This is another one of my recent Beatles purchases.
First off, let me say that all in all, I think the Anthology trilogy is really a worthy addition to the Beatles catalog. They unearthed some undeniably rare shit for these collections. They probably aren't for the casual fan, but I think folks who are even relatively curious about behind-the-scenes history of the band can find some intriguing stuff here. And for those who choose to nerd out, the liner notes are extensive enough to get your geek wheels turnin'.
This record is arranged chronologically (thankfully), but before we're treated to the insanely early Quarrymen stuff, there's "Free As A Bird," arguably one of the most talked about and anticipated tracks ever. At first it seemed like it might be a lost Beatles song, but we (people in 1995 who were excited about this release) came to find out that the song began as a solo Lennon demo that was recorded some years after he left the Beatles. The surviving Beatles laid down some stuff on top of it, and there you go. It seemed like a strange thing at the time, and it still feels really out of place listening to it now. It's a fine song, but the original recording made by Lennon just wasn't that good to begin with. I don't know. People seem to have differing opinions about the song. I could take or leave it. I'm not enough of a purist to make a stink about it one way or the other.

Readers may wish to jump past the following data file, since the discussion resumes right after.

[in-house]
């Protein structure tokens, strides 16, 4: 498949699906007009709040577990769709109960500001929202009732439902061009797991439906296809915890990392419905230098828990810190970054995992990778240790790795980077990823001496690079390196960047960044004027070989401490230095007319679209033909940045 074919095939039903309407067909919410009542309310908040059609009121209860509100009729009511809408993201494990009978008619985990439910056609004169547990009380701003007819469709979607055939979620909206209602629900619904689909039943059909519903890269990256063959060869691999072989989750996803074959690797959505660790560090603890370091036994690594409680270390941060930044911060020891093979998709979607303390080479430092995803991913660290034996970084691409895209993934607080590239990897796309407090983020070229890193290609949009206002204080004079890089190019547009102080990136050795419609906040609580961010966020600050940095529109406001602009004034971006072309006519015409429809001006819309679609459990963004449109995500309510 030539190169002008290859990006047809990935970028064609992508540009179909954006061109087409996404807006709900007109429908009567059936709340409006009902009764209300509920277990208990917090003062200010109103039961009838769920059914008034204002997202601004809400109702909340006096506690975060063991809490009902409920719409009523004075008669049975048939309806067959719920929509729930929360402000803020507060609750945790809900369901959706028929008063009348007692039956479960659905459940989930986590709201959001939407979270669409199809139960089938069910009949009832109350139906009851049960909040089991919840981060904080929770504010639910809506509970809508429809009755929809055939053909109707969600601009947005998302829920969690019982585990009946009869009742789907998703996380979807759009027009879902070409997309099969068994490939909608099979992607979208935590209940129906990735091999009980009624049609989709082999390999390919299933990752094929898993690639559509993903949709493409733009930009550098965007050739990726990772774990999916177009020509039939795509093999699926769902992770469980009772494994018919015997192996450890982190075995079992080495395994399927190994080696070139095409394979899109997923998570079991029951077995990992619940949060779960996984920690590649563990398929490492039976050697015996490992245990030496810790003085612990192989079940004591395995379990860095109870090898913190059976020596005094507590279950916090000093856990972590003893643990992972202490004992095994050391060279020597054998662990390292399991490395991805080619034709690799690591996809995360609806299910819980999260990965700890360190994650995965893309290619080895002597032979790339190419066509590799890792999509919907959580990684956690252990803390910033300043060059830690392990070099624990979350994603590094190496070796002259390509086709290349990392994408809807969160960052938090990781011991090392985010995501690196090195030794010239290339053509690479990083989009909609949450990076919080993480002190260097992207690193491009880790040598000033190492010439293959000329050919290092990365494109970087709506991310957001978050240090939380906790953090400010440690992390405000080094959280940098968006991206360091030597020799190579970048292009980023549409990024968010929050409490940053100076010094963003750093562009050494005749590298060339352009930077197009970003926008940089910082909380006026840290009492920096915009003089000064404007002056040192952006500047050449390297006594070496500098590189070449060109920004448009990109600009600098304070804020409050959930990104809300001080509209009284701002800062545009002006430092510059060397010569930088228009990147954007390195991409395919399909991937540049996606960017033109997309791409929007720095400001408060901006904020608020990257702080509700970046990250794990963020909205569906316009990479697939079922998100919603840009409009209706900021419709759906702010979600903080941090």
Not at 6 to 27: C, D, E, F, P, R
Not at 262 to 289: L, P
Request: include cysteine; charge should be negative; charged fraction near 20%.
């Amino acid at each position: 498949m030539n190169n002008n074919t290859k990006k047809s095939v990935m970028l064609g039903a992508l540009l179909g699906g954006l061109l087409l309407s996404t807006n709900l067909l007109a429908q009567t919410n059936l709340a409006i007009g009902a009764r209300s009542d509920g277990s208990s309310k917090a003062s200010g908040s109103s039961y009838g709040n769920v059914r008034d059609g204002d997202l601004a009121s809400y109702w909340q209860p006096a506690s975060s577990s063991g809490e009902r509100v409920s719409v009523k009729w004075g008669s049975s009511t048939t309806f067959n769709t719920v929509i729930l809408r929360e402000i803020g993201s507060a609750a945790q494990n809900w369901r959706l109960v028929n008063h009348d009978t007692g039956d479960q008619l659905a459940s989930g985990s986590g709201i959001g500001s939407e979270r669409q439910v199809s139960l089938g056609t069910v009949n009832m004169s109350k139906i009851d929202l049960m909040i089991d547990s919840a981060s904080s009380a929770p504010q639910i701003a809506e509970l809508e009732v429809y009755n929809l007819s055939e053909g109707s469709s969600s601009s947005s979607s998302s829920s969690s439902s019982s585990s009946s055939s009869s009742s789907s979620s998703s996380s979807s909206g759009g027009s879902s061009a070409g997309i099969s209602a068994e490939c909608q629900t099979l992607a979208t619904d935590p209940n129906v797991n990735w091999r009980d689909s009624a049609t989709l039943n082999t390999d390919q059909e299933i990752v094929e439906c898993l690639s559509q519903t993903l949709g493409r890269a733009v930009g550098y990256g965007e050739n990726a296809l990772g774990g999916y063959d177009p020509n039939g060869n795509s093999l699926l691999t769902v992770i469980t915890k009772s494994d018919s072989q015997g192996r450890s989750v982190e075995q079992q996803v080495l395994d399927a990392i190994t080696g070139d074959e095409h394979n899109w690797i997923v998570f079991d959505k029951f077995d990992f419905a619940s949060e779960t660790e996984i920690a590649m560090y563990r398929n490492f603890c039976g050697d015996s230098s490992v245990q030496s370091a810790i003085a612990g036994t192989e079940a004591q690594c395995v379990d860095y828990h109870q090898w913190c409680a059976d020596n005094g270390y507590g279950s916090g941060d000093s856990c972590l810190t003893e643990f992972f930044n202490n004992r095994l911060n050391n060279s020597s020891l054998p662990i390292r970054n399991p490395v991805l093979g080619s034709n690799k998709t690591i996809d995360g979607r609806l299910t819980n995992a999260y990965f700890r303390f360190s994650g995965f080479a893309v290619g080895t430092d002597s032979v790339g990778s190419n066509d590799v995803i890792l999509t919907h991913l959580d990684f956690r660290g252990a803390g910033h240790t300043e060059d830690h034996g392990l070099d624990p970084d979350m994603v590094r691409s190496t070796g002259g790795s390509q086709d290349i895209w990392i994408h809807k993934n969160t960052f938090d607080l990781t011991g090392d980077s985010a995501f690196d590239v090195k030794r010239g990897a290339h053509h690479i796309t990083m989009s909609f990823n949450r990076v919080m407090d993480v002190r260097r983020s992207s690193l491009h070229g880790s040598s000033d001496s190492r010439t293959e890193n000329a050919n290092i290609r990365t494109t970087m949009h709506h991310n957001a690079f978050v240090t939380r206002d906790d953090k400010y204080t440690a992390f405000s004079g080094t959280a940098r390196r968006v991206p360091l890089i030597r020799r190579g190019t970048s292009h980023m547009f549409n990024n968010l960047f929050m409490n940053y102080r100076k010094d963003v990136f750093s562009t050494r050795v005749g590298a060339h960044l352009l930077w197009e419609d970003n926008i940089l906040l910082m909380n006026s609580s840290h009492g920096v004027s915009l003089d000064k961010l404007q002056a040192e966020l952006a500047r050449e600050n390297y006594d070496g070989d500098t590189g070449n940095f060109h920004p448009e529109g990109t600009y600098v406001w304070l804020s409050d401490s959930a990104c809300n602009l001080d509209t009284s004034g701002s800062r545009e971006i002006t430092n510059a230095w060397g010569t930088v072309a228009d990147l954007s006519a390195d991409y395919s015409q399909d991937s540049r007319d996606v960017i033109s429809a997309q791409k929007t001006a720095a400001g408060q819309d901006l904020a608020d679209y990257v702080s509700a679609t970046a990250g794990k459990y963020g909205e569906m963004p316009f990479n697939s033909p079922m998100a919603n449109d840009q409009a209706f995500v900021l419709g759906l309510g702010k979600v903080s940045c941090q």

I thought the video was pretty sweet, though. I can say that for sure. For 1995 that was some impressive work. Still looks pretty good, and there's lots of little references to catch along the way.
The rest of the record takes us from the very beginning of the group all the way up to "Eight Days A Week." The tracks are interspersed with interview snippets, making it clear that this is a companion to the movie that was being shown on PBS around the same time as this release. I could do without the talking, because while they may be talking about the correlating time period on the record, a lot of the sound bites are from years later, and in my mind, sort of fuck up the chronology of the whole thing. I could be way off. But it bugs me.
Aside from some mildly tedious and trying moments (two different versions of "Eight Days A Week" in a row is a bit much), this record does a fine job of adding even more insight into the origins of the world's most well-known band.
And finally, Pete Best and Stu Sutcliffe get to cash some royalty checks.
"In Spite of All the Danger"
Buy at Amazon